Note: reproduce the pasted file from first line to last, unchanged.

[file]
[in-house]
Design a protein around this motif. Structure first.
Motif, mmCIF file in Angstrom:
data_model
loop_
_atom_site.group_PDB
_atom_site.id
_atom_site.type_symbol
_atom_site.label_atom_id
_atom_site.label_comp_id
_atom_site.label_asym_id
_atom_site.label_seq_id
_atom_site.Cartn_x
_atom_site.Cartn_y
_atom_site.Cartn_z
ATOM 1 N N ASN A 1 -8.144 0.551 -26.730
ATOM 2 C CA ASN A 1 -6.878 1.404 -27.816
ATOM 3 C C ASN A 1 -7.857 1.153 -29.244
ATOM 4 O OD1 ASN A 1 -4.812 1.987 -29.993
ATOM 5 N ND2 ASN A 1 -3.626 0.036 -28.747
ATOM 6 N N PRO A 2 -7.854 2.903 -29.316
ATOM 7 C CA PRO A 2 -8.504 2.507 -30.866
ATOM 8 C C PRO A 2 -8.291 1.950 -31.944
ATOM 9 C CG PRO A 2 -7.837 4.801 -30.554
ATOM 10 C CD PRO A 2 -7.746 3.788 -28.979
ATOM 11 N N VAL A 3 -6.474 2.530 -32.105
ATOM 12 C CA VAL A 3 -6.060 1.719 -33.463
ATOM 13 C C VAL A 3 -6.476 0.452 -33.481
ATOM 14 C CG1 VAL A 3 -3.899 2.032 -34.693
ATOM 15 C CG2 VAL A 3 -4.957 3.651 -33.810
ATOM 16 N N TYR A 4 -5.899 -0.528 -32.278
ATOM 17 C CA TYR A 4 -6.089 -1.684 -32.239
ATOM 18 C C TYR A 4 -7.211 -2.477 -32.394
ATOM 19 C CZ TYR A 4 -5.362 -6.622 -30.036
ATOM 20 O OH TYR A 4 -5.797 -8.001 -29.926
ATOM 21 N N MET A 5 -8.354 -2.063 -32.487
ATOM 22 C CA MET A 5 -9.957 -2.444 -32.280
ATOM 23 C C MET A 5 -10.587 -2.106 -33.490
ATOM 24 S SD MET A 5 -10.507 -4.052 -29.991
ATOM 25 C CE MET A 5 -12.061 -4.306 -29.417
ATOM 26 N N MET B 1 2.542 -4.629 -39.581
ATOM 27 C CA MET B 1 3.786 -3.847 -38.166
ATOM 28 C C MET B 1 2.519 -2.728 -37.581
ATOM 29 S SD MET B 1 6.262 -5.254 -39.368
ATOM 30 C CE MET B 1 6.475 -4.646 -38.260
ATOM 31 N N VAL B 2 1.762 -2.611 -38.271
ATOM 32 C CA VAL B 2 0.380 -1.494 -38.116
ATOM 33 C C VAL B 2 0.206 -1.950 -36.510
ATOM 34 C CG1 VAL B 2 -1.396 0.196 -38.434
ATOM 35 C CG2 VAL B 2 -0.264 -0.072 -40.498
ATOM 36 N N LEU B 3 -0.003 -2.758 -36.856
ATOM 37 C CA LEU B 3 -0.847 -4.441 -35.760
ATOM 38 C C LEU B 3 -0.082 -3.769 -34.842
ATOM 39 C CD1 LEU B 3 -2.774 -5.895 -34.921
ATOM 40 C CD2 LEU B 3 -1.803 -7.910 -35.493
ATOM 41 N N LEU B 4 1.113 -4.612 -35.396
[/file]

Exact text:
[in-house]
Design a protein around this motif. Structure first.
Motif, mmCIF file in Angstrom:
data_model
loop_
_atom_site.group_PDB
_atom_site.id
_atom_site.type_symbol
_atom_site.label_atom_id
_atom_site.label_comp_id
_atom_site.label_asym_id
_atom_site.label_seq_id
_atom_site.Cartn_x
_atom_site.Cartn_y
_atom_site.Cartn_z
ATOM 1 N N ASN A 1 -8.144 0.551 -26.730
ATOM 2 C CA ASN A 1 -6.878 1.404 -27.816
ATOM 3 C C ASN A 1 -7.857 1.153 -29.244
ATOM 4 O OD1 ASN A 1 -4.812 1.987 -29.993
ATOM 5 N ND2 ASN A 1 -3.626 0.036 -28.747
ATOM 6 N N PRO A 2 -7.854 2.903 -29.316
ATOM 7 C CA PRO A 2 -8.504 2.507 -30.866
ATOM 8 C C PRO A 2 -8.291 1.950 -31.944
ATOM 9 C CG PRO A 2 -7.837 4.801 -30.554
ATOM 10 C CD PRO A 2 -7.746 3.788 -28.979
ATOM 11 N N VAL A 3 -6.474 2.530 -32.105
ATOM 12 C CA VAL A 3 -6.060 1.719 -33.463
ATOM 13 C C VAL A 3 -6.476 0.452 -33.481
ATOM 14 C CG1 VAL A 3 -3.899 2.032 -34.693
ATOM 15 C CG2 VAL A 3 -4.957 3.651 -33.810
ATOM 16 N N TYR A 4 -5.899 -0.528 -32.278
ATOM 17 C CA TYR A 4 -6.089 -1.684 -32.239
ATOM 18 C C TYR A 4 -7.211 -2.477 -32.394
ATOM 19 C CZ TYR A 4 -5.362 -6.622 -30.036
ATOM 20 O OH TYR A 4 -5.797 -8.001 -29.926
ATOM 21 N N MET A 5 -8.354 -2.063 -32.487
ATOM 22 C CA MET A 5 -9.957 -2.444 -32.280
ATOM 23 C C MET A 5 -10.587 -2.106 -33.490
ATOM 24 S SD MET A 5 -10.507 -4.052 -29.991
ATOM 25 C CE MET A 5 -12.061 -4.306 -29.417
ATOM 26 N N MET B 1 2.542 -4.629 -39.581
ATOM 27 C CA MET B 1 3.786 -3.847 -38.166
ATOM 28 C C MET B 1 2.519 -2.728 -37.581
ATOM 29 S SD MET B 1 6.262 -5.254 -39.368
ATOM 30 C CE MET B 1 6.475 -4.646 -38.260
ATOM 31 N N VAL B 2 1.762 -2.611 -38.271
ATOM 32 C CA VAL B 2 0.380 -1.494 -38.116
ATOM 33 C C VAL B 2 0.206 -1.950 -36.510
ATOM 34 C CG1 VAL B 2 -1.396 0.196 -38.434
ATOM 35 C CG2 VAL B 2 -0.264 -0.072 -40.498
ATOM 36 N N LEU B 3 -0.003 -2.758 -36.856
ATOM 37 C CA LEU B 3 -0.847 -4.441 -35.760
ATOM 38 C C LEU B 3 -0.082 -3.769 -34.842
ATOM 39 C CD1 LEU B 3 -2.774 -5.895 -34.921
ATOM 40 C CD2 LEU B 3 -1.803 -7.910 -35.493
ATOM 41 N N LEU B 4 1.113 -4.612 -35.396